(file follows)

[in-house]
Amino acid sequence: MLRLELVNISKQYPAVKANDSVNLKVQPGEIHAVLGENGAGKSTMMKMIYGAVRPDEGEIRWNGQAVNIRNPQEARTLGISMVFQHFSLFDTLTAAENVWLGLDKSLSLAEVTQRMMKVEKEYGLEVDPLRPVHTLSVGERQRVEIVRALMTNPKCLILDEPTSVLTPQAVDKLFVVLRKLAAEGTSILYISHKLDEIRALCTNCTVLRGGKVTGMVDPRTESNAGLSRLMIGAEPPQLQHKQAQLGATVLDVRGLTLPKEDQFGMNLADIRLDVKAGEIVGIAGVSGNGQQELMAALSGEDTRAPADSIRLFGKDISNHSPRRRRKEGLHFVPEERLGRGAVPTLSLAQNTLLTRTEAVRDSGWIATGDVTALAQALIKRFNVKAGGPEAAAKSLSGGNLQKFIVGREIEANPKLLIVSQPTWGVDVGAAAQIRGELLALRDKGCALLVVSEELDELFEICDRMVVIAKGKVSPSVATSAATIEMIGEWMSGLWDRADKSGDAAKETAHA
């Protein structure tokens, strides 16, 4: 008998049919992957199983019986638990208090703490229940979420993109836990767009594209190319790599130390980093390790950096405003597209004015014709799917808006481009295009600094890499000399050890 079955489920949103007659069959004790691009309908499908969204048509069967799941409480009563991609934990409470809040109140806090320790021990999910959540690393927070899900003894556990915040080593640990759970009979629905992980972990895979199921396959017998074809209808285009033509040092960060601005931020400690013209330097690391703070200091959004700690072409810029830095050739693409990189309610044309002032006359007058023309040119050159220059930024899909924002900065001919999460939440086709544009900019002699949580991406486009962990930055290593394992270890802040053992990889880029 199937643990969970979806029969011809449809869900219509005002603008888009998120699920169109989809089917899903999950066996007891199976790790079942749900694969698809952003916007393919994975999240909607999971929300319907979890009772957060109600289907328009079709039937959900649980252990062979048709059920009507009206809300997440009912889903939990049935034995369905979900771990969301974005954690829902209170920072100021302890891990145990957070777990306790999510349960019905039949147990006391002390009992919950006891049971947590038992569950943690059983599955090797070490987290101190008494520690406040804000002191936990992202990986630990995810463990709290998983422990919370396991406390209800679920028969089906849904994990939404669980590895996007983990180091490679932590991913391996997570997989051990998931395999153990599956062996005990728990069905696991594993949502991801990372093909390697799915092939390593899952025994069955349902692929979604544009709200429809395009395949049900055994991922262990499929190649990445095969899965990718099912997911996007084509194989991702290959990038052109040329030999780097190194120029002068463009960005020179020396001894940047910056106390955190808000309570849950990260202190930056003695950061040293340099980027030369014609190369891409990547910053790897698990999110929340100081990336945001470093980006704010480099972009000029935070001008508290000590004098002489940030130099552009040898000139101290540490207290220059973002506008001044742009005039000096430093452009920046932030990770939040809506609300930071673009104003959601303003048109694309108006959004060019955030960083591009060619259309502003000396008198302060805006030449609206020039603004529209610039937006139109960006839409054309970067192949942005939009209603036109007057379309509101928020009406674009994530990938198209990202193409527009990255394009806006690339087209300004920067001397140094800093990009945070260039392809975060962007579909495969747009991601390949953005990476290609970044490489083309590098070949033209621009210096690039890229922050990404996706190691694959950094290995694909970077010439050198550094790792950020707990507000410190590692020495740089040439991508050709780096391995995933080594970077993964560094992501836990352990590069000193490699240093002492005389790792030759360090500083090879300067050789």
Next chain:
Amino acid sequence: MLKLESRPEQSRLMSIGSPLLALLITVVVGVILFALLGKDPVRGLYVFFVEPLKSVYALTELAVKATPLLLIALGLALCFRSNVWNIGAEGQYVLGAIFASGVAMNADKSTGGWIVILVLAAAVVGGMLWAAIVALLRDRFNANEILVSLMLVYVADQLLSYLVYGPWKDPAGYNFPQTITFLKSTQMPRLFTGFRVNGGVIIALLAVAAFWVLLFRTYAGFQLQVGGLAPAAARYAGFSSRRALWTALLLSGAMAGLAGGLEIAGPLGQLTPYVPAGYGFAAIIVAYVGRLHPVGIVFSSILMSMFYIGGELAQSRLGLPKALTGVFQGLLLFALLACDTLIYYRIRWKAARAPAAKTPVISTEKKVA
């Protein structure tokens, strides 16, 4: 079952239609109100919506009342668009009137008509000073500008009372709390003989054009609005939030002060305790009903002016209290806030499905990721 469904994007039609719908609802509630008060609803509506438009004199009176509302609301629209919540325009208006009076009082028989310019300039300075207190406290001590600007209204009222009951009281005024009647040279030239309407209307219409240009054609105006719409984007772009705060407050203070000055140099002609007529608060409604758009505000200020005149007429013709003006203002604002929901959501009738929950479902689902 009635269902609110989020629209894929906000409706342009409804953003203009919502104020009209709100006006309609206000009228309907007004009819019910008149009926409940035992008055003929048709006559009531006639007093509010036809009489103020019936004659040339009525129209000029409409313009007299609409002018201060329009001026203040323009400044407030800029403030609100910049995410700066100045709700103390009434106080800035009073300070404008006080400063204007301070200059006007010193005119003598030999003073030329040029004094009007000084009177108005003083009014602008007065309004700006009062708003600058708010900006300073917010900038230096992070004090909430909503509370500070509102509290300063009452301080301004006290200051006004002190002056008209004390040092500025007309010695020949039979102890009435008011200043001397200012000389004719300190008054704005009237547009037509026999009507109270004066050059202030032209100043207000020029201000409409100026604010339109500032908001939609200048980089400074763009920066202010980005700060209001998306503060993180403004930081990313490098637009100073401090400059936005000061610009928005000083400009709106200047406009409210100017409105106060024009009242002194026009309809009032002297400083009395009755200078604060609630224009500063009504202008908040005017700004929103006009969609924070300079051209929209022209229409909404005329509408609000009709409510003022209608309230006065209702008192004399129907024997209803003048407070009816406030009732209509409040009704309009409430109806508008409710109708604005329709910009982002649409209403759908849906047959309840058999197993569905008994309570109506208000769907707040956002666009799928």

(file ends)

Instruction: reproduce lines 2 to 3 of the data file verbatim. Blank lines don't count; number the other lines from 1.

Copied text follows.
Amino acid sequence: MLRLELVNISKQYPAVKANDSVNLKVQPGEIHAVLGENGAGKSTMMKMIYGAVRPDEGEIRWNGQAVNIRNPQEARTLGISMVFQHFSLFDTLTAAENVWLGLDKSLSLAEVTQRMMKVEKEYGLEVDPLRPVHTLSVGERQRVEIVRALMTNPKCLILDEPTSVLTPQAVDKLFVVLRKLAAEGTSILYISHKLDEIRALCTNCTVLRGGKVTGMVDPRTESNAGLSRLMIGAEPPQLQHKQAQLGATVLDVRGLTLPKEDQFGMNLADIRLDVKAGEIVGIAGVSGNGQQELMAALSGEDTRAPADSIRLFGKDISNHSPRRRRKEGLHFVPEERLGRGAVPTLSLAQNTLLTRTEAVRDSGWIATGDVTALAQALIKRFNVKAGGPEAAAKSLSGGNLQKFIVGREIEANPKLLIVSQPTWGVDVGAAAQIRGELLALRDKGCALLVVSEELDELFEICDRMVVIAKGKVSPSVATSAATIEMIGEWMSGLWDRADKSGDAAKETAHA
């Protein structure tokens, strides 16, 4: 008998049919992957199983019986638990208090703490229940979420993109836990767009594209190319790599130390980093390790950096405003597209004015014709799917808006481009295009600094890499000399050890 079955489920949103007659069959004790691009309908499908969204048509069967799941409480009563991609934990409470809040109140806090320790021990999910959540690393927070899900003894556990915040080593640990759970009979629905992980972990895979199921396959017998074809209808285009033509040092960060601005931020400690013209330097690391703070200091959004700690072409810029830095050739693409990189309610044309002032006359007058023309040119050159220059930024899909924002900065001919999460939440086709544009900019002699949580991406486009962990930055290593394992270890802040053992990889880029 199937643990969970979806029969011809449809869900219509005002603008888009998120699920169109989809089917899903999950066996007891199976790790079942749900694969698809952003916007393919994975999240909607999971929300319907979890009772957060109600289907328009079709039937959900649980252990062979048709059920009507009206809300997440009912889903939990049935034995369905979900771990969301974005954690829902209170920072100021302890891990145990957070777990306790999510349960019905039949147990006391002390009992919950006891049971947590038992569950943690059983599955090797070490987290101190008494520690406040804000002191936990992202990986630990995810463990709290998983422990919370396991406390209800679920028969089906849904994990939404669980590895996007983990180091490679932590991913391996997570997989051990998931395999153990599956062996005990728990069905696991594993949502991801990372093909390697799915092939390593899952025994069955349902692929979604544009709200429809395009395949049900055994991922262990499929190649990445095969899965990718099912997911996007084509194989991702290959990038052109040329030999780097190194120029002068463009960005020179020396001894940047910056106390955190808000309570849950990260202190930056003695950061040293340099980027030369014609190369891409990547910053790897698990999110929340100081990336945001470093980006704010480099972009000029935070001008508290000590004098002489940030130099552009040898000139101290540490207290220059973002506008001044742009005039000096430093452009920046932030990770939040809506609300930071673009104003959601303003048109694309108006959004060019955030960083591009060619259309502003000396008198302060805006030449609206020039603004529209610039937006139109960006839409054309970067192949942005939009209603036109007057379309509101928020009406674009994530990938198209990202193409527009990255394009806006690339087209300004920067001397140094800093990009945070260039392809975060962007579909495969747009991601390949953005990476290609970044490489083309590098070949033209621009210096690039890229922050990404996706190691694959950094290995694909970077010439050198550094790792950020707990507000410190590692020495740089040439991508050709780096391995995933080594970077993964560094992501836990352990590069000193490699240093002492005389790792030759360090500083090879300067050789």